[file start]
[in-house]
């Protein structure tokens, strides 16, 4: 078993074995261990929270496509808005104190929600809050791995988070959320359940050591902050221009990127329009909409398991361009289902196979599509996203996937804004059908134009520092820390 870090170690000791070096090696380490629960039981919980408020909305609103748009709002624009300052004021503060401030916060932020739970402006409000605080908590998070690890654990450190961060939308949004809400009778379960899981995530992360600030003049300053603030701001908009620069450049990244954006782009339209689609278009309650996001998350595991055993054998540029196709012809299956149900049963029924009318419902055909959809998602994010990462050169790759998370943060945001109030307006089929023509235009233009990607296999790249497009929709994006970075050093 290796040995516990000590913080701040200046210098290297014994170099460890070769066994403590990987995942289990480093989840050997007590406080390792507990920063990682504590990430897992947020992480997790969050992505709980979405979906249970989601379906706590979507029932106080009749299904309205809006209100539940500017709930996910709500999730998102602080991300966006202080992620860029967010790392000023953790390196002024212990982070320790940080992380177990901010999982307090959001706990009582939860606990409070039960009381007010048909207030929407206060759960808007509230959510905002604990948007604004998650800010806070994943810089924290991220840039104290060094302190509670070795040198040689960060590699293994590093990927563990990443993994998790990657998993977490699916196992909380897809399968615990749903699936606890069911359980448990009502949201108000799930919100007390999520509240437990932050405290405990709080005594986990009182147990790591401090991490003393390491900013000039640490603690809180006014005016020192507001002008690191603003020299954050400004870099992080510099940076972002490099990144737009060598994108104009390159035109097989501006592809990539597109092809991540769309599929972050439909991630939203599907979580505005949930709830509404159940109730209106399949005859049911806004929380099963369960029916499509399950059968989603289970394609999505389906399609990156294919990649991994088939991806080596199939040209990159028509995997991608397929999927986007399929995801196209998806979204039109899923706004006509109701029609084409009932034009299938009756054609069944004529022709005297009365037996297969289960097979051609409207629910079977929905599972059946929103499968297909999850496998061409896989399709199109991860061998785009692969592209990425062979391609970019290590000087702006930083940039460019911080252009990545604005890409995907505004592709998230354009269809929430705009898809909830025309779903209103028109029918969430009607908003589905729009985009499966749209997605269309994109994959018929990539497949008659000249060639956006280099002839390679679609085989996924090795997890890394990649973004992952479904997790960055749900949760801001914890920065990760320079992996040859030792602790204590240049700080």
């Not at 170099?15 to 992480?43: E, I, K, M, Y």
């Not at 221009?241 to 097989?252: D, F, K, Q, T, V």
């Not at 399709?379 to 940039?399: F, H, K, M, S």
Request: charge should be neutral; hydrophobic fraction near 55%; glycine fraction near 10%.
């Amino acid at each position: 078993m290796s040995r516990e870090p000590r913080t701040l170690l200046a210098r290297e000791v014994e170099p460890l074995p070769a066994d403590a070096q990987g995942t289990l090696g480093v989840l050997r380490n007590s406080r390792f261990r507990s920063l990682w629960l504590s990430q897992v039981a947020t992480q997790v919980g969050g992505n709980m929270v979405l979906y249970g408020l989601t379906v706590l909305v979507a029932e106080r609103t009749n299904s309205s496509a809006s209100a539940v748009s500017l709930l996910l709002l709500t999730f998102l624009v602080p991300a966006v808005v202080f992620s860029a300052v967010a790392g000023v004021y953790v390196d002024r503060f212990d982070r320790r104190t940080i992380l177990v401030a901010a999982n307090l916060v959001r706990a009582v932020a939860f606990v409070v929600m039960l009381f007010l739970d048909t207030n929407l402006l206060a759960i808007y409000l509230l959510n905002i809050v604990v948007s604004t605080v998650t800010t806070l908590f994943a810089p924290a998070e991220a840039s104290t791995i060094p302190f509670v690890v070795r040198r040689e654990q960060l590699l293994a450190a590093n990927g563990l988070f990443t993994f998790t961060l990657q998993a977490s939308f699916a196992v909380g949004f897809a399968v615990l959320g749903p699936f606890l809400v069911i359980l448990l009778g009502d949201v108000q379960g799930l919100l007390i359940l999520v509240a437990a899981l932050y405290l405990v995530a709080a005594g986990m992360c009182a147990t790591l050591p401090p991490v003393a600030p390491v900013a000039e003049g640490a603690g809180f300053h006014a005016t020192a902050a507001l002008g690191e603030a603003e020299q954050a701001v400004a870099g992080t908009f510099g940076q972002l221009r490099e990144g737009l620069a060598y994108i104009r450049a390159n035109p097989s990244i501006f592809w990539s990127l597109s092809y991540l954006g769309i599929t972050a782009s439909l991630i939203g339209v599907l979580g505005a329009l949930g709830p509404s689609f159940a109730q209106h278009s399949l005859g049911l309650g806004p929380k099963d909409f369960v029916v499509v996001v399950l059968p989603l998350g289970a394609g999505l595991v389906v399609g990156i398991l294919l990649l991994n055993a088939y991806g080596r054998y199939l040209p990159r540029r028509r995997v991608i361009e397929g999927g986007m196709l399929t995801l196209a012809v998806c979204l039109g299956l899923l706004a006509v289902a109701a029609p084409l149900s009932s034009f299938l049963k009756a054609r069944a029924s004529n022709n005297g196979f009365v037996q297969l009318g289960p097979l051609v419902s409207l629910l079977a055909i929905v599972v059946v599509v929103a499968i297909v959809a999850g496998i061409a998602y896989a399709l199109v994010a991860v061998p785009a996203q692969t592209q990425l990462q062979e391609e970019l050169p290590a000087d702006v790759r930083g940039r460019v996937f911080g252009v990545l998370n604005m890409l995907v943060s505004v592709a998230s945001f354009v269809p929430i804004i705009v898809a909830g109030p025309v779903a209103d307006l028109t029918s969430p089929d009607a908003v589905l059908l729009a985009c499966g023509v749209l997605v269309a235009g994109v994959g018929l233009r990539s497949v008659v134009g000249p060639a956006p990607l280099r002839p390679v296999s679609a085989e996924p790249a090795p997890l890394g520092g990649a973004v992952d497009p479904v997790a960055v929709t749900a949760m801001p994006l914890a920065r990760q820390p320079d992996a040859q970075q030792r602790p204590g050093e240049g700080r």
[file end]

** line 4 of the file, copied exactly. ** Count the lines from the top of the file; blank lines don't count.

């Not at 221009?241 to 097989?252: D, F, K, Q, T, V």